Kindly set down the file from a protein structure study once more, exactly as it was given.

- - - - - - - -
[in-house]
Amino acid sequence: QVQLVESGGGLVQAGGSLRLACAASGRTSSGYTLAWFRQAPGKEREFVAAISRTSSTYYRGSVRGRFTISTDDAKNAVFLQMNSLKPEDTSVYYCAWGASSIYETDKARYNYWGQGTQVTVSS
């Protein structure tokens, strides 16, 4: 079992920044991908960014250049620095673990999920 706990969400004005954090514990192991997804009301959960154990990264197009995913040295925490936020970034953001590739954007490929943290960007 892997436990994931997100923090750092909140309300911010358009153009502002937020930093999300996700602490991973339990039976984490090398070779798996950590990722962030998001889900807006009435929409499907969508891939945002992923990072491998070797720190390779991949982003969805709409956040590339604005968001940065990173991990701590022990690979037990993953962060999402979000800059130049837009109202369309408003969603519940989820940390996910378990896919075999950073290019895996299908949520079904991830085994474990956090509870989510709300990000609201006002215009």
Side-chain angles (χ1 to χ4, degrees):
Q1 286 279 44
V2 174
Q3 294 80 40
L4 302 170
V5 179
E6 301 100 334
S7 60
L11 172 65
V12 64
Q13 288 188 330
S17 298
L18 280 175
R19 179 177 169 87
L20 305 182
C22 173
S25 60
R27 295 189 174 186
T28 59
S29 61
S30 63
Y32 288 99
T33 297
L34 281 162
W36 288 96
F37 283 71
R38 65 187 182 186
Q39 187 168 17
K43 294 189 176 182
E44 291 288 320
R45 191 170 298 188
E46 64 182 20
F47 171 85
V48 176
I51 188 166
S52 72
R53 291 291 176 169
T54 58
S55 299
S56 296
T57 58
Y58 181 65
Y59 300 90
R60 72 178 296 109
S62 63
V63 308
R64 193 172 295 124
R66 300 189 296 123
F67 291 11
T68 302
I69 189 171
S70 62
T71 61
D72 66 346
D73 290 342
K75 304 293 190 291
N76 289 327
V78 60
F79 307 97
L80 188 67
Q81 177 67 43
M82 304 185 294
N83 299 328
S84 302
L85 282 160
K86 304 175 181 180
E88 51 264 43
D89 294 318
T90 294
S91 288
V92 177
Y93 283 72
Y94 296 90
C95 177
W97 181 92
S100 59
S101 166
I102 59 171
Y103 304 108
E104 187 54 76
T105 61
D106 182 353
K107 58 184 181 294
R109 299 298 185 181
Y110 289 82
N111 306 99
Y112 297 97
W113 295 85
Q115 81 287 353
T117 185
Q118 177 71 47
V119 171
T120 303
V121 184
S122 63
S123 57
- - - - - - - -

[in-house]
Amino acid sequence: QVQLVESGGGLVQAGGSLRLACAASGRTSSGYTLAWFRQAPGKEREFVAAISRTSSTYYRGSVRGRFTISTDDAKNAVFLQMNSLKPEDTSVYYCAWGASSIYETDKARYNYWGQGTQVTVSS
């Protein structure tokens, strides 16, 4: 079992920044991908960014250049620095673990999920 706990969400004005954090514990192991997804009301959960154990990264197009995913040295925490936020970034953001590739954007490929943290960007 892997436990994931997100923090750092909140309300911010358009153009502002937020930093999300996700602490991973339990039976984490090398070779798996950590990722962030998001889900807006009435929409499907969508891939945002992923990072491998070797720190390779991949982003969805709409956040590339604005968001940065990173991990701590022990690979037990993953962060999402979000800059130049837009109202369309408003969603519940989820940390996910378990896919075999950073290019895996299908949520079904991830085994474990956090509870989510709300990000609201006002215009």
Side-chain angles (χ1 to χ4, degrees):
Q1 286 279 44
V2 174
Q3 294 80 40
L4 302 170
V5 179
E6 301 100 334
S7 60
L11 172 65
V12 64
Q13 288 188 330
S17 298
L18 280 175
R19 179 177 169 87
L20 305 182
C22 173
S25 60
R27 295 189 174 186
T28 59
S29 61
S30 63
Y32 288 99
T33 297
L34 281 162
W36 288 96
F37 283 71
R38 65 187 182 186
Q39 187 168 17
K43 294 189 176 182
E44 291 288 320
R45 191 170 298 188
E46 64 182 20
F47 171 85
V48 176
I51 188 166
S52 72
R53 291 291 176 169
T54 58
S55 299
S56 296
T57 58
Y58 181 65
Y59 300 90
R60 72 178 296 109
S62 63
V63 308
R64 193 172 295 124
R66 300 189 296 123
F67 291 11
T68 302
I69 189 171
S70 62
T71 61
D72 66 346
D73 290 342
K75 304 293 190 291
N76 289 327
V78 60
F79 307 97
L80 188 67
Q81 177 67 43
M82 304 185 294
N83 299 328
S84 302
L85 282 160
K86 304 175 181 180
E88 51 264 43
D89 294 318
T90 294
S91 288
V92 177
Y93 283 72
Y94 296 90
C95 177
W97 181 92
S100 59
S101 166
I102 59 171
Y103 304 108
E104 187 54 76
T105 61
D106 182 353
K107 58 184 181 294
R109 299 298 185 181
Y110 289 82
N111 306 99
Y112 297 97
W113 295 85
Q115 81 287 353
T117 185
Q118 177 71 47
V119 171
T120 303
V121 184
S122 63
S123 57